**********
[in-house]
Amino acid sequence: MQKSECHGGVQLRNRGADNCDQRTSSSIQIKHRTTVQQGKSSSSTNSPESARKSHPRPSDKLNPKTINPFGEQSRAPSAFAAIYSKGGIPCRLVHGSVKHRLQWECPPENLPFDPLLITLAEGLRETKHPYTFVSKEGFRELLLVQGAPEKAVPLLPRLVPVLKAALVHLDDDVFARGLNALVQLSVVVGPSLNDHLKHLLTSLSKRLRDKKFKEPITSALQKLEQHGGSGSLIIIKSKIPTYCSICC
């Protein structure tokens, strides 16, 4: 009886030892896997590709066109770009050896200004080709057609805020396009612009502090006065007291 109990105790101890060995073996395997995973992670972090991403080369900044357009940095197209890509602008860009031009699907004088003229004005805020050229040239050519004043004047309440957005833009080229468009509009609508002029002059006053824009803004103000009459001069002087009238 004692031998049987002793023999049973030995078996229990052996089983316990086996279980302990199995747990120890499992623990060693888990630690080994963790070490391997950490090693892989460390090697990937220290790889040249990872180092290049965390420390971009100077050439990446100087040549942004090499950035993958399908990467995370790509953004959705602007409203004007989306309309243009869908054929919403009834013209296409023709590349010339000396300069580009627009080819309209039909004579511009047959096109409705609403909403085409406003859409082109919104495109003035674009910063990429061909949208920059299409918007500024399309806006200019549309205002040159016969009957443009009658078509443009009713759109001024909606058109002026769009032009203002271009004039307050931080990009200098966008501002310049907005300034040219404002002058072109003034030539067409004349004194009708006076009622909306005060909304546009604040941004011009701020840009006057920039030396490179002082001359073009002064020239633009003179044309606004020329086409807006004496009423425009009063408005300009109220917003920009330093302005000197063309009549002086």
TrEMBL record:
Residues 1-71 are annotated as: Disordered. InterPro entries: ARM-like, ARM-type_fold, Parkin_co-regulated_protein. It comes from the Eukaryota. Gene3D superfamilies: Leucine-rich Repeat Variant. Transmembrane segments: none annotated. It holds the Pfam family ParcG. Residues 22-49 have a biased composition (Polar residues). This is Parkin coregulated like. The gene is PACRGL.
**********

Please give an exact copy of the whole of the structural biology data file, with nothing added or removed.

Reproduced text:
[in-house]
Amino acid sequence: MQKSECHGGVQLRNRGADNCDQRTSSSIQIKHRTTVQQGKSSSSTNSPESARKSHPRPSDKLNPKTINPFGEQSRAPSAFAAIYSKGGIPCRLVHGSVKHRLQWECPPENLPFDPLLITLAEGLRETKHPYTFVSKEGFRELLLVQGAPEKAVPLLPRLVPVLKAALVHLDDDVFARGLNALVQLSVVVGPSLNDHLKHLLTSLSKRLRDKKFKEPITSALQKLEQHGGSGSLIIIKSKIPTYCSICC
């Protein structure tokens, strides 16, 4: 009886030892896997590709066109770009050896200004080709057609805020396009612009502090006065007291 109990105790101890060995073996395997995973992670972090991403080369900044357009940095197209890509602008860009031009699907004088003229004005805020050229040239050519004043004047309440957005833009080229468009509009609508002029002059006053824009803004103000009459001069002087009238 004692031998049987002793023999049973030995078996229990052996089983316990086996279980302990199995747990120890499992623990060693888990630690080994963790070490391997950490090693892989460390090697990937220290790889040249990872180092290049965390420390971009100077050439990446100087040549942004090499950035993958399908990467995370790509953004959705602007409203004007989306309309243009869908054929919403009834013209296409023709590349010339000396300069580009627009080819309209039909004579511009047959096109409705609403909403085409406003859409082109919104495109003035674009910063990429061909949208920059299409918007500024399309806006200019549309205002040159016969009957443009009658078509443009009713759109001024909606058109002026769009032009203002271009004039307050931080990009200098966008501002310049907005300034040219404002002058072109003034030539067409004349004194009708006076009622909306005060909304546009604040941004011009701020840009006057920039030396490179002082001359073009002064020239633009003179044309606004020329086409807006004496009423425009009063408005300009109220917003920009330093302005000197063309009549002086």
TrEMBL record:
Residues 1-71 are annotated as: Disordered. InterPro entries: ARM-like, ARM-type_fold, Parkin_co-regulated_protein. It comes from the Eukaryota. Gene3D superfamilies: Leucine-rich Repeat Variant. Transmembrane segments: none annotated. It holds the Pfam family ParcG. Residues 22-49 have a biased composition (Polar residues). This is Parkin coregulated like. The gene is PACRGL.